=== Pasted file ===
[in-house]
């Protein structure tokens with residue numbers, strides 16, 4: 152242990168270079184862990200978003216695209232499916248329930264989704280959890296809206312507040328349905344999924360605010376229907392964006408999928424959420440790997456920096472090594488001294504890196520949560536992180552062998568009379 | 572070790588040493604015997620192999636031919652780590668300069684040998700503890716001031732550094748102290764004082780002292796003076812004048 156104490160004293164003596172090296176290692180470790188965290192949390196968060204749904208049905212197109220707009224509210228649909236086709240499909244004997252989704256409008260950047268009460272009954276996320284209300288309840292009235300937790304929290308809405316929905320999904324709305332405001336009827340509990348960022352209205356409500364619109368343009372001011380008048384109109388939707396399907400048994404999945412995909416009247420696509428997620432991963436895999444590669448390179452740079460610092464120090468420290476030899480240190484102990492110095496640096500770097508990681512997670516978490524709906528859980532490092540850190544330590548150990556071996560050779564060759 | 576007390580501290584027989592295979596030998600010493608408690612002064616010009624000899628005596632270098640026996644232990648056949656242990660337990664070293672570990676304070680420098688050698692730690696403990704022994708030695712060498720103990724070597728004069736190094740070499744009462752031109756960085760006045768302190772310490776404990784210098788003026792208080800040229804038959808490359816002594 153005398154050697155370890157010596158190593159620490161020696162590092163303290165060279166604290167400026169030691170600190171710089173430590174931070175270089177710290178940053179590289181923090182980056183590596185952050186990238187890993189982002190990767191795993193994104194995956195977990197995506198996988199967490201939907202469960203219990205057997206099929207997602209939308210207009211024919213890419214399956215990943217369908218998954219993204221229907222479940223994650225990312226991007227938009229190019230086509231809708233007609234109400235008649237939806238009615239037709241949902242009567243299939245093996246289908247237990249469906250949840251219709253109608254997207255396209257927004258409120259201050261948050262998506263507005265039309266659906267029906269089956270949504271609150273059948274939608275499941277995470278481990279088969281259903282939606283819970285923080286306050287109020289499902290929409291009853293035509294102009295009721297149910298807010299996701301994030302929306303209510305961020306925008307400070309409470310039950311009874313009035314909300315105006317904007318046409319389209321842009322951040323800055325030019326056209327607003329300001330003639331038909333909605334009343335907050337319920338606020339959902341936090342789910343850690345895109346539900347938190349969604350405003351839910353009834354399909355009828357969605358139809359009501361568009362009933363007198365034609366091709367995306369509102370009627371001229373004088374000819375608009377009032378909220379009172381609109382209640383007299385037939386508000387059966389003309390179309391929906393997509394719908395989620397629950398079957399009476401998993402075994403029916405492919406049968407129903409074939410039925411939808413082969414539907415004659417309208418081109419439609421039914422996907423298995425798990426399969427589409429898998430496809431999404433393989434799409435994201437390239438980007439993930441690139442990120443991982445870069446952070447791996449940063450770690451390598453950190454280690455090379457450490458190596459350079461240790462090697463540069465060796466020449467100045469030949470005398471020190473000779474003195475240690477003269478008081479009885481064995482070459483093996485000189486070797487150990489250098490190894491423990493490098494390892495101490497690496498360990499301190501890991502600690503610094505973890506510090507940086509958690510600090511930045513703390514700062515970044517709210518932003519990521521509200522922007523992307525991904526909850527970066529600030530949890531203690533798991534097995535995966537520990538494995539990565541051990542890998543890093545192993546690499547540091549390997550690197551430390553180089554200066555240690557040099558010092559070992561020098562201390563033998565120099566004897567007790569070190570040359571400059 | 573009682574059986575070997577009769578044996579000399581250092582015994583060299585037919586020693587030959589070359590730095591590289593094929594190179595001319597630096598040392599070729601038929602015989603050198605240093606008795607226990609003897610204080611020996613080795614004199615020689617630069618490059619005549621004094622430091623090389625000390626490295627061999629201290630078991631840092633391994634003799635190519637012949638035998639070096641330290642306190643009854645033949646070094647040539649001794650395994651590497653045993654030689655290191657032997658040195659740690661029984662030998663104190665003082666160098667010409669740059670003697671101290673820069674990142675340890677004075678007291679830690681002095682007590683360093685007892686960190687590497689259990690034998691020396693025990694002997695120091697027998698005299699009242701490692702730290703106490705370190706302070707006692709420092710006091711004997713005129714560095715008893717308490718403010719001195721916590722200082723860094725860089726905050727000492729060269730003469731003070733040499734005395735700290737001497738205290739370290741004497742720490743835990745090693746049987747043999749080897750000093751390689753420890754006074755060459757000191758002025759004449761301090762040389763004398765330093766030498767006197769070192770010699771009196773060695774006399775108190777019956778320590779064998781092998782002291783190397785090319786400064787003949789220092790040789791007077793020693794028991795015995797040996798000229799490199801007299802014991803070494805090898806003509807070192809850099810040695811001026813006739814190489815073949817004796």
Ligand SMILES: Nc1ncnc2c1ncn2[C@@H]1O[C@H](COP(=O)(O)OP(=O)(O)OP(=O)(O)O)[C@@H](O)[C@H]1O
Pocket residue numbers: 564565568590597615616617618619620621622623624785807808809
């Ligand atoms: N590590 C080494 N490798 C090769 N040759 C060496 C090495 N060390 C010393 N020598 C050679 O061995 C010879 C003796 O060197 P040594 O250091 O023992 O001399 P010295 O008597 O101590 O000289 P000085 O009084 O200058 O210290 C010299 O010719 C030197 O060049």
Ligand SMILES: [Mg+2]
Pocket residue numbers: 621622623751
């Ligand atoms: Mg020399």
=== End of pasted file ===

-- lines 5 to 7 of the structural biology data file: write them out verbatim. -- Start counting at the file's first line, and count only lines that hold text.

């Ligand atoms: N590590 C080494 N490798 C090769 N040759 C060496 C090495 N060390 C010393 N020598 C050679 O061995 C010879 C003796 O060197 P040594 O250091 O023992 O001399 P010295 O008597 O101590 O000289 P000085 O009084 O200058 O210290 C010299 O010719 C030197 O060049």
Ligand SMILES: [Mg+2]
Pocket residue numbers: 621622623751